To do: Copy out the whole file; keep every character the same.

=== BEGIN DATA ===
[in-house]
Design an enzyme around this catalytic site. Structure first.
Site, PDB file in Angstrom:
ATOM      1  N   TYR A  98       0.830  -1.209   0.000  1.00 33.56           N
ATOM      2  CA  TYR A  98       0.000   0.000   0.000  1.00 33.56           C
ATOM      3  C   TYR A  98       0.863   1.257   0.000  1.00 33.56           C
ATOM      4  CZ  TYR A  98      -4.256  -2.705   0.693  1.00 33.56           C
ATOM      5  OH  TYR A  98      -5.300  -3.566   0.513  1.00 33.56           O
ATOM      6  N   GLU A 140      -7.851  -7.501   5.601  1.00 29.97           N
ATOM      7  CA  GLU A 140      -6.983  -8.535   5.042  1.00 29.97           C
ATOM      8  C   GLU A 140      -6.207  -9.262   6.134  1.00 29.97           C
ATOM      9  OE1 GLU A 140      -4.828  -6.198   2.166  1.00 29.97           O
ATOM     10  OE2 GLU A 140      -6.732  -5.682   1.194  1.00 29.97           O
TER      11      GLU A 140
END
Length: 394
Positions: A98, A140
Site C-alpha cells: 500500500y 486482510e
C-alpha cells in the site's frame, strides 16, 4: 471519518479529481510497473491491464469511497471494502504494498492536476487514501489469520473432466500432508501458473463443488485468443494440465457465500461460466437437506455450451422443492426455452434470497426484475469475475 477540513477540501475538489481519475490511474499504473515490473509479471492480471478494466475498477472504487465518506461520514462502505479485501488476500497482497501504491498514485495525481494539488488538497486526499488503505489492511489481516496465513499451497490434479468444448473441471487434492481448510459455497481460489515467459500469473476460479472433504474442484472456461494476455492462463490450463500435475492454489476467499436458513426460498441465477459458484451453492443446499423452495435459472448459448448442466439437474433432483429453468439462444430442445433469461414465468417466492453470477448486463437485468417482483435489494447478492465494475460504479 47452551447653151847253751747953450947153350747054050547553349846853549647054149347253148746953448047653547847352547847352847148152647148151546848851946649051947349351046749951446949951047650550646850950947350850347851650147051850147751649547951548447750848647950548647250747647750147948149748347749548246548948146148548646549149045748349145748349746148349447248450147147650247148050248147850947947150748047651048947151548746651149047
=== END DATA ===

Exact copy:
[in-house]
Design an enzyme around this catalytic site. Structure first.
Site, PDB file in Angstrom:
ATOM      1  N   TYR A  98       0.830  -1.209   0.000  1.00 33.56           N
ATOM      2  CA  TYR A  98       0.000   0.000   0.000  1.00 33.56           C
ATOM      3  C   TYR A  98       0.863   1.257   0.000  1.00 33.56           C
ATOM      4  CZ  TYR A  98      -4.256  -2.705   0.693  1.00 33.56           C
ATOM      5  OH  TYR A  98      -5.300  -3.566   0.513  1.00 33.56           O
ATOM      6  N   GLU A 140      -7.851  -7.501   5.601  1.00 29.97           N
ATOM      7  CA  GLU A 140      -6.983  -8.535   5.042  1.00 29.97           C
ATOM      8  C   GLU A 140      -6.207  -9.262   6.134  1.00 29.97           C
ATOM      9  OE1 GLU A 140      -4.828  -6.198   2.166  1.00 29.97           O
ATOM     10  OE2 GLU A 140      -6.732  -5.682   1.194  1.00 29.97           O
TER      11      GLU A 140
END
Length: 394
Positions: A98, A140
Site C-alpha cells: 500500500y 486482510e
C-alpha cells in the site's frame, strides 16, 4: 471519518479529481510497473491491464469511497471494502504494498492536476487514501489469520473432466500432508501458473463443488485468443494440465457465500461460466437437506455450451422443492426455452434470497426484475469475475 477540513477540501475538489481519475490511474499504473515490473509479471492480471478494466475498477472504487465518506461520514462502505479485501488476500497482497501504491498514485495525481494539488488538497486526499488503505489492511489481516496465513499451497490434479468444448473441471487434492481448510459455497481460489515467459500469473476460479472433504474442484472456461494476455492462463490450463500435475492454489476467499436458513426460498441465477459458484451453492443446499423452495435459472448459448448442466439437474433432483429453468439462444430442445433469461414465468417466492453470477448486463437485468417482483435489494447478492465494475460504479 47452551447653151847253751747953450947153350747054050547553349846853549647054149347253148746953448047653547847352547847352847148152647148151546848851946649051947349351046749951446949951047650550646850950947350850347851650147051850147751649547951548447750848647950548647250747647750147948149748347749548246548948146148548646549149045748349145748349746148349447248450147147650247148050248147850947947150748047651048947151548746651149047